While products are constantly evolving, systems architecture is too, which is why Airbus Defence and Space is also looking at multi-layer solutions.
On the Earth Observation (EO) front, this has also been a busy year. PerúSAT-1, the first EO satellite based on the AstroBus-S platform, was tested and delivered in less than 24 months after the contract signature, an impressive performance for a sub metric satellite. Now in orbit, the first images from PerúSAT-1 have been delivered and the satellite has become Latin America’s most powerful EO satellite.
Also launched this year, the Sentinel-1B radar has joined its twin brother on orbit to complete the Copernicus radar constellation. The first image was sent via EDRS laser, from LEO to GEO and back to Earth and to users in under one minute—that’s a new speed record in space. The Payload Data Ground Segment, also developed and operated by Airbus, is now operating with two Sentinels 1 in orbit. Two additional satellites for the Copernicus program are now preparing for launch.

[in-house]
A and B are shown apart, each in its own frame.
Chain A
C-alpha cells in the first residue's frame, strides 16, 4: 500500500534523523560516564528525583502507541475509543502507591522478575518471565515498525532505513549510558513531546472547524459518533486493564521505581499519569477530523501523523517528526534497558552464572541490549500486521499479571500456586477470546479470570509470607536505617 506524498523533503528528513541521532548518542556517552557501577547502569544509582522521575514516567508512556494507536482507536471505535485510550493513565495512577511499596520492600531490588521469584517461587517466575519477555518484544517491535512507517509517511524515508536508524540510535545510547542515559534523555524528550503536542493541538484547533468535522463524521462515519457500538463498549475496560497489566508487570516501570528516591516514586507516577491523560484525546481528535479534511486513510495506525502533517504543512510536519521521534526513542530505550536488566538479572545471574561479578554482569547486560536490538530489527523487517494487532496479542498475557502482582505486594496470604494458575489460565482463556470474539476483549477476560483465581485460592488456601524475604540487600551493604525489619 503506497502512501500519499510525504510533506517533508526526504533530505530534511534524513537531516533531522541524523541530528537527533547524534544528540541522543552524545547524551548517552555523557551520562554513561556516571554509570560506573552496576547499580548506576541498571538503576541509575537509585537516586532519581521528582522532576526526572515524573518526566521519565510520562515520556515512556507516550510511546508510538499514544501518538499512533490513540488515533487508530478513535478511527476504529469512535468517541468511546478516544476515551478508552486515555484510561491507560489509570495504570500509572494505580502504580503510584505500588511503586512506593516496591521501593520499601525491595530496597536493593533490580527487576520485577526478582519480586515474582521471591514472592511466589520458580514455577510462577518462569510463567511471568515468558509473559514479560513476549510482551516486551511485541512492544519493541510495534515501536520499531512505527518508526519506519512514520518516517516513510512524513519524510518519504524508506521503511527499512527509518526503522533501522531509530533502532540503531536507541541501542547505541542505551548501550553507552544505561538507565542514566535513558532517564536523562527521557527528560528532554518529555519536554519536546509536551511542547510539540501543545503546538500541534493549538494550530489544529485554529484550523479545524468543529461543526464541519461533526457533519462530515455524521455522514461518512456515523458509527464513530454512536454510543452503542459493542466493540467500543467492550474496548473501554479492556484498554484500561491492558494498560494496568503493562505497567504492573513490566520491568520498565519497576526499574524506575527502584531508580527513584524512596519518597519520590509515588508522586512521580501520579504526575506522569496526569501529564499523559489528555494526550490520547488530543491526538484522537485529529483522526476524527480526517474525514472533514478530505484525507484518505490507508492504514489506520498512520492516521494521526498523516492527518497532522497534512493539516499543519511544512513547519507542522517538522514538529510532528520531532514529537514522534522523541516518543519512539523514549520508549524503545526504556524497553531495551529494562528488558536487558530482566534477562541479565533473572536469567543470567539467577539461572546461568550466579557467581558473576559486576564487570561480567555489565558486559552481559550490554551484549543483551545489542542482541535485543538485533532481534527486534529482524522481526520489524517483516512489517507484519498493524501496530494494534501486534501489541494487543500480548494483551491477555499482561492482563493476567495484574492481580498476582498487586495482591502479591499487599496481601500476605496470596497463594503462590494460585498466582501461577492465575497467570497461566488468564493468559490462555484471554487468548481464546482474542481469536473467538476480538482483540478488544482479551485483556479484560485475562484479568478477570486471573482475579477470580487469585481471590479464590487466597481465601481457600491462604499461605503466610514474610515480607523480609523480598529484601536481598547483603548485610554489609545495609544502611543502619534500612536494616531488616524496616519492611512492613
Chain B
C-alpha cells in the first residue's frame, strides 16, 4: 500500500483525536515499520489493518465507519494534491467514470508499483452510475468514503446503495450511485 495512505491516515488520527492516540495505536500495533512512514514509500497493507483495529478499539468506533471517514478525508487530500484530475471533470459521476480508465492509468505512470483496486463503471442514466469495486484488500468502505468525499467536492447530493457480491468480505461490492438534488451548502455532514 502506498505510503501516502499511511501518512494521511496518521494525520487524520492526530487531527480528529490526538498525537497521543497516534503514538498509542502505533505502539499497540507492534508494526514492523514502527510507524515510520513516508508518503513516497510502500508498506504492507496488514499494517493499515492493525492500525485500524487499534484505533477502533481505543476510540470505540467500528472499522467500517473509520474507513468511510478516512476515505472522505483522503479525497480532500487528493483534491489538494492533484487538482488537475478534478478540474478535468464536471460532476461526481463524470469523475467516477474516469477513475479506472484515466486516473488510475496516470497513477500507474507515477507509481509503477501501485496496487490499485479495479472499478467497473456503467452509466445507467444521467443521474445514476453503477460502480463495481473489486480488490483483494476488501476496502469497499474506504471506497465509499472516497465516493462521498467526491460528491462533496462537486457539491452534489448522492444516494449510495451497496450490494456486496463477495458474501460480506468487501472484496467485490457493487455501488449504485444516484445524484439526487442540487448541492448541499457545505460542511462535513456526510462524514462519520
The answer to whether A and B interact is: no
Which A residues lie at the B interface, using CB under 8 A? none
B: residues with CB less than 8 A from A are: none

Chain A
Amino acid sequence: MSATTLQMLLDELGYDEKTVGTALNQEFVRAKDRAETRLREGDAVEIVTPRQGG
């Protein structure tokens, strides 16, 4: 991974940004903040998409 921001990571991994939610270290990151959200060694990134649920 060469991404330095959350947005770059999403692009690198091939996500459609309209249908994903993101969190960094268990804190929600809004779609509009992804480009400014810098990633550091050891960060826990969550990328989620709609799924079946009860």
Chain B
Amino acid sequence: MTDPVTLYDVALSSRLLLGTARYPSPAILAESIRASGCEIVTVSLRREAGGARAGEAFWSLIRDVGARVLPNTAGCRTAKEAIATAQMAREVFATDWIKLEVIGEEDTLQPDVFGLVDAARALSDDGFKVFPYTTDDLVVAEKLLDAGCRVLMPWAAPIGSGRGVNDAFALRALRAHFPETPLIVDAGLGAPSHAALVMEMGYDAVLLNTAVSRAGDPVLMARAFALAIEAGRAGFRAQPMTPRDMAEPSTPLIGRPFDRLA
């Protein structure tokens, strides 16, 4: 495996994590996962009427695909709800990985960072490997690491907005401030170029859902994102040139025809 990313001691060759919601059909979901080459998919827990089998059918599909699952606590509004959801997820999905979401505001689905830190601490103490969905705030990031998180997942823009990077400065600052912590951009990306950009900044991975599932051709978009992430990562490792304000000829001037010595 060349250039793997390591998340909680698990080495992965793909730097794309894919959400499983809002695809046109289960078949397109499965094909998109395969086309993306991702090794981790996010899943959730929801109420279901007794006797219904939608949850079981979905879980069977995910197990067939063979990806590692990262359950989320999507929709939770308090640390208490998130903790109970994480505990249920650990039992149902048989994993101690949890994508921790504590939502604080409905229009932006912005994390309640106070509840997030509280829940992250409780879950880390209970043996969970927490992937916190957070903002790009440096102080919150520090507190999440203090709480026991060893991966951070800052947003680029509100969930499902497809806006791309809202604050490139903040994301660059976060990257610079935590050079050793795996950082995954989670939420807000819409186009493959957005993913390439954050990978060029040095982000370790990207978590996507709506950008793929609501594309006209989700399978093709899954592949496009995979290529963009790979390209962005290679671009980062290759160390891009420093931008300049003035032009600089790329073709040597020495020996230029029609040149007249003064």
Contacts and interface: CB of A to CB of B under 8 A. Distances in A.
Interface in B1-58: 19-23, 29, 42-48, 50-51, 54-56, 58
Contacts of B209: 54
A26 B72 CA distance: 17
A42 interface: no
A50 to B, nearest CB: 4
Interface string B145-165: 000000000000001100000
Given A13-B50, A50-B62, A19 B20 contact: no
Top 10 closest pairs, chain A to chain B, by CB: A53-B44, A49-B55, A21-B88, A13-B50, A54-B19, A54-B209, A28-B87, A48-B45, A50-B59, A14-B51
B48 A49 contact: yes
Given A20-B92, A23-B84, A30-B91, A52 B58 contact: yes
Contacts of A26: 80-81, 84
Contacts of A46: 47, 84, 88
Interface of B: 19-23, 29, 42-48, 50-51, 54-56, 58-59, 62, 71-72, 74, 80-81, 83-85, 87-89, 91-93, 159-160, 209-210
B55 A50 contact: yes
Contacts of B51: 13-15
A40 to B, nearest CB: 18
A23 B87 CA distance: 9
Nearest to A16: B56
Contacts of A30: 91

Sentinel-5 Precursor, also based on the Astrobus platform, was completed and fully tested in April and will be launched in 2017. This will be the first satellite dedicated to monitoring atmospheric chemistry. Sentinel-2B has successfully finished its test program and is being readied for lift-off in early March of next year. Offering a “color vision” for the Copernicus program, Sentinel-2B will join its twin in orbit to deliver optical images from the visible to short-wave infrared range of the electromagnetic spectrum.